Woman’s Day (Australia)
SAVED BY A LONGLOST RELATIVE!
After tracing her ancestry back to the UK, Regina found an unlikely cure for her cancer
Regina Batten was bursting with excitement as her wedding day approached. Having just celebrated her 30th with daughters Amber, now 16, twins Olivia and Matilda, eight, and fiance Sam, tying the knot was the icing on the cake.
But something niggled at Regina, from Dubbo, NSW.
“I’d always been fit and healthy when I started noticing lots of bruises on my legs and I felt exhausted all the time,” the 35-year-old, who now works in finance, tells Woman’s Day.
After visiting her GP and being prescribed a short course of antibiotics, Regina felt no better, and after a blood test, her doctor explained she had leukaemia.
Regina was eventually airlifted to Sydney’s Royal Prince Alfred Hospital for specialist treatment. On what should have been her wedding day, the brave mum started gruelling bouts of chemo for her rare type of blood cancer, AML (acute myeloid leukaemia).
Regina and Sam had a small wedding ceremony at home between rounds of chemo and while soon after she was told her body was free of cancer, a year after her September 2017 diagnosis, her health once again took a turn for the worse. This time she was told an allogenic stem cell transplant would ultimately save her life.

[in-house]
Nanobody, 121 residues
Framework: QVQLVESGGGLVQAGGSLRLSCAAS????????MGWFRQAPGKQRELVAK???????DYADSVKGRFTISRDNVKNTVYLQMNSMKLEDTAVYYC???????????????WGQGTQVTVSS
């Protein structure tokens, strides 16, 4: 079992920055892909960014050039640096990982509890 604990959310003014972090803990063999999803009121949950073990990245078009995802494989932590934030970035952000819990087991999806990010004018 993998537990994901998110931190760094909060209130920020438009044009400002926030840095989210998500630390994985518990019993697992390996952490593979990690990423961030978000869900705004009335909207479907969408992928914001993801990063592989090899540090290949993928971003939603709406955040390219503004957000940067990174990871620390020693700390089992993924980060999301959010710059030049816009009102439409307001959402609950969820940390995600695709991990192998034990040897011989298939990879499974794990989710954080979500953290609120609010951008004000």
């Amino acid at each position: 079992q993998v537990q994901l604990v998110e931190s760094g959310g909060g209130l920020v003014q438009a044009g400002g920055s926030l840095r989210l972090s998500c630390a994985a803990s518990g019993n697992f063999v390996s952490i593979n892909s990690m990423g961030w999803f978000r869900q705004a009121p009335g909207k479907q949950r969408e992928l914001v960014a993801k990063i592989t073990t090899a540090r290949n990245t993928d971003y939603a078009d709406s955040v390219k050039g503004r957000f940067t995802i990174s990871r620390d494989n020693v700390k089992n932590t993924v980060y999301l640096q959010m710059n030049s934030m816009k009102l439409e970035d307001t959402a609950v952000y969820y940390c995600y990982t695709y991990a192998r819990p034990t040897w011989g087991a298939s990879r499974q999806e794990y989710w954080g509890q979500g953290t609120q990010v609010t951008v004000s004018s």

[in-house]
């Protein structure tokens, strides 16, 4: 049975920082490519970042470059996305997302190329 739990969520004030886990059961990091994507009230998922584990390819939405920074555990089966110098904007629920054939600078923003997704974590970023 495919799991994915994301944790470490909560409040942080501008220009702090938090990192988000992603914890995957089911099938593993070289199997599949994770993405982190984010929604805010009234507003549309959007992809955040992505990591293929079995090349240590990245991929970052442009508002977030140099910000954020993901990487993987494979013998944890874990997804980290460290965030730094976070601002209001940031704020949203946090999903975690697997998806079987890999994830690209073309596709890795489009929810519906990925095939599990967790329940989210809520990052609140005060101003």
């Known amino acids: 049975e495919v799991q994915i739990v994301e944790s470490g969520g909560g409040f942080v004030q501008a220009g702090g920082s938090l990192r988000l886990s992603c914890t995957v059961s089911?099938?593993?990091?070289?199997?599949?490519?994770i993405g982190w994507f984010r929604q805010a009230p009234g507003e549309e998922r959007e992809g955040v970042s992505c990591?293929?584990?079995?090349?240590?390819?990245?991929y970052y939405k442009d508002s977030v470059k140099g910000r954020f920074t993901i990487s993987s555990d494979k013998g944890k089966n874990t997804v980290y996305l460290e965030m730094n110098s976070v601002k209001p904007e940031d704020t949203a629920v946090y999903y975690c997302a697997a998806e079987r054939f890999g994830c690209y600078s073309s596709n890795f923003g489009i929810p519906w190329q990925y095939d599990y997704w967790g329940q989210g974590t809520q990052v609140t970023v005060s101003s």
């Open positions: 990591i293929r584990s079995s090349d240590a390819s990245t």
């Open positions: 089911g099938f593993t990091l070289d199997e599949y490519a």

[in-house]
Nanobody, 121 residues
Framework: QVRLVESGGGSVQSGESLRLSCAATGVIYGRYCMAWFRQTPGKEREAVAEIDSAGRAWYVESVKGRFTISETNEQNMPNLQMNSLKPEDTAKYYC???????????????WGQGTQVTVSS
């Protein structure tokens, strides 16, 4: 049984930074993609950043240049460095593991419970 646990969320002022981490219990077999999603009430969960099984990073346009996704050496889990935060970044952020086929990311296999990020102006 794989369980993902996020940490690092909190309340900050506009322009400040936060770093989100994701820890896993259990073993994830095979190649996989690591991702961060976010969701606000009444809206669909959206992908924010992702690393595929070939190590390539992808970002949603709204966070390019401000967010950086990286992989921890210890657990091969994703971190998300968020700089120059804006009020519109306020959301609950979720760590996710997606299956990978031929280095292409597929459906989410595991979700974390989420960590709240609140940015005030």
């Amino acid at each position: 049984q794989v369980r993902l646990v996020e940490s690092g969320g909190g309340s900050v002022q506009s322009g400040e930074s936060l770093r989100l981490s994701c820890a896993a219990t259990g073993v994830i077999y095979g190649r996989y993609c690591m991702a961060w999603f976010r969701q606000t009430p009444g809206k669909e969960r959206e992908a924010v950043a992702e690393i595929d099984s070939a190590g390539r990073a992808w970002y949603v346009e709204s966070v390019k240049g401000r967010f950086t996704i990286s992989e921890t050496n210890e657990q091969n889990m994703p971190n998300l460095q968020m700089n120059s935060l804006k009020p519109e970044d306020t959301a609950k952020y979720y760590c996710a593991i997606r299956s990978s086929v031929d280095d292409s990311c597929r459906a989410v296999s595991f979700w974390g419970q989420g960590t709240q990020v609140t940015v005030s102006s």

Efforts to find a match among family and on the Australian Bone Marrow Donor Registry proved futile until a possible fit came from a surprising source.
“It wasn’t until we traced our ancestry back and found we had family from England on my dad’s side that there was hope,” says Regina.
It was discovered that stem cells in the umbilical cords of two of Regina’s long-lost relatives when they were babies had been stored for decades. The frozen cells were flown from the UK to Australia and doctors found they were both viable matches for a transplant.
Incredibly, Regina, now 35, still has no idea who the relatives are or if they’re still alive. But in December 2018, she had a double cord blood transplant, which her body accepted.
About to celebrate five years in remission this year, Regina hopes to one day track down her cord blood donors so she can thank them for saving her life.
Sadly, she and Sam have now split, but Regina is thankful for all she’s learned along the way. “You don’t know how strong you are until you have to be,” she says.